MAINE, USA — The Christmas rainstorm and the fairly mild weather that's followed it has done a number on our winter sports - especially those that rely on only natural snow, like snowshoeing, cross country skiing and snowmobiling.
There are chances in the days ahead though, a sign that even a mild weather pattern this time of year can produce snow in Maine.
A weak system moves through with very little in southern Maine - just some snow and rain showers.
But along and north of Route 2, into central and northern Maine, the precipitation will be a bit steadier and mostly snow. 1-3" of accumulation is expected, and especially north of Bangor there will be some slippery travel early Thursday morning.
A cold front will move offshore Thursday morning and the afternoon will actually turn out to be sunny with temperatures hitting 40 in many spots.
The first of possibly two storms comes on Saturday. It's slowed down slightly, so I think we get all of Friday in with no issues. The morning will be bright and sunny, with clouds thickening up in the afternoon and evening.
I'm thinking almost all of the state will start with snow late Friday night and early Saturday morning - beginning just after midnight in western Maine and probably not until closer to sunrise in far eastern Maine.
This is not a very strong system, but it will bring steady snow and likely a changeover to a brief mix or rain in southern and coastal Maine. I'm not too concerned about icing with this one, though a little sleet or freezing rain will be possible inland.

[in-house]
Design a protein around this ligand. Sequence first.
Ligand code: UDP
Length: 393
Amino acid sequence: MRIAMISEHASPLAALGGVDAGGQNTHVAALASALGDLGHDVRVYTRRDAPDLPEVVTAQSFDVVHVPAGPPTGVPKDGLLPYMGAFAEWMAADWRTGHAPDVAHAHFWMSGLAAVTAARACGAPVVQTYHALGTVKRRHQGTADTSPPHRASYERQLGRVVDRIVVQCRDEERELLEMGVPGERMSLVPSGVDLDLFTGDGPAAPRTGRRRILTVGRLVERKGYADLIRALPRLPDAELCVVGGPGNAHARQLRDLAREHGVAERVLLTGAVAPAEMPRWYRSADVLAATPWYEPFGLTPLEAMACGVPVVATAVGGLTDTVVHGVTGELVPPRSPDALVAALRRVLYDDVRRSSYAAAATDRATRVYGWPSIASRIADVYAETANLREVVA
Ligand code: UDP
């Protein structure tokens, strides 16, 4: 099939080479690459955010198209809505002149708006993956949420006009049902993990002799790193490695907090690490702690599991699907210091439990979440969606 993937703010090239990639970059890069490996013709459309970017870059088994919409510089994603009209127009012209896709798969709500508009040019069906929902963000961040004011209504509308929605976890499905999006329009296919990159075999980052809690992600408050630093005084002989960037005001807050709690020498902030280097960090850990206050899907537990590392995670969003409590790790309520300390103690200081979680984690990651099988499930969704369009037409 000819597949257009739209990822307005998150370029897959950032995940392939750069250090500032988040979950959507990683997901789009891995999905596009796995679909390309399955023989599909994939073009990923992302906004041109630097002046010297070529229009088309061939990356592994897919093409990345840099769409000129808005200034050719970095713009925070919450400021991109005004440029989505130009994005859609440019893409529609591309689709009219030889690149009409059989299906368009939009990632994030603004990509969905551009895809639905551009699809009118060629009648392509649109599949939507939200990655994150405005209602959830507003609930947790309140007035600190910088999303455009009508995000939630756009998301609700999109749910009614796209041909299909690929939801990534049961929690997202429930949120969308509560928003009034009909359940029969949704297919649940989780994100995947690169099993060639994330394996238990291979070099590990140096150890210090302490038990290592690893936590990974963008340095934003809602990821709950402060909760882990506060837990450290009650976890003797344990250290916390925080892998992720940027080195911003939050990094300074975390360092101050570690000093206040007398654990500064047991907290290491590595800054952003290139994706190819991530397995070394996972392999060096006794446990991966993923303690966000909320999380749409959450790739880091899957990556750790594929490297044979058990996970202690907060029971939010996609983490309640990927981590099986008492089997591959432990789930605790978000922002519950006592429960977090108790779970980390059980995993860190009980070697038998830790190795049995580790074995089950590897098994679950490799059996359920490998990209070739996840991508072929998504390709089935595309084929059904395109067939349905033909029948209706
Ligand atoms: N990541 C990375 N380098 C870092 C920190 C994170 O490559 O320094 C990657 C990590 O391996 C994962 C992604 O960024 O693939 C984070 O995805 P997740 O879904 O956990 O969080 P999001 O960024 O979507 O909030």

The bulk of this comes Saturday morning into early afternoon, with the precipitation ending from west to east during the afternoon.
It's still three days away, so I'm uncertain how much snow will fall before the changeover to rain in southern and coastal Maine. Perhaps a coating to 2" as a first estimate near the coast. I feel pretty confident that 3-6" of snow will fall in the mountains, hills and much of interior Maine, though less than 3" is possible in the far north depending on the storm's track. Keith and Jess will have more specifics later today, but here's my early thinking.
Now Monday's on my mind. Yesterday morning I mentioned we needed to keep an eye on this, but almost all of the guidance kept it far enough south and east that we wouldn't see anything. There has been a trend in the last 24 hours to bring it closer to us. This is a highly uncertain forecast - each "L" on the map below represents one model location for the center of the storm. Some are quite close and would bring several inches of snow (and even a change to rain at the coast), others are a complete miss. I'm not locking in this storm but I'm not writing it off either. There's simply too much uncertainty right now, and it will come into focus in the next day or two. But there's reason for snow lovers to be optimistic.
Happy New Year - follow me on Instagram @ryanbretonwx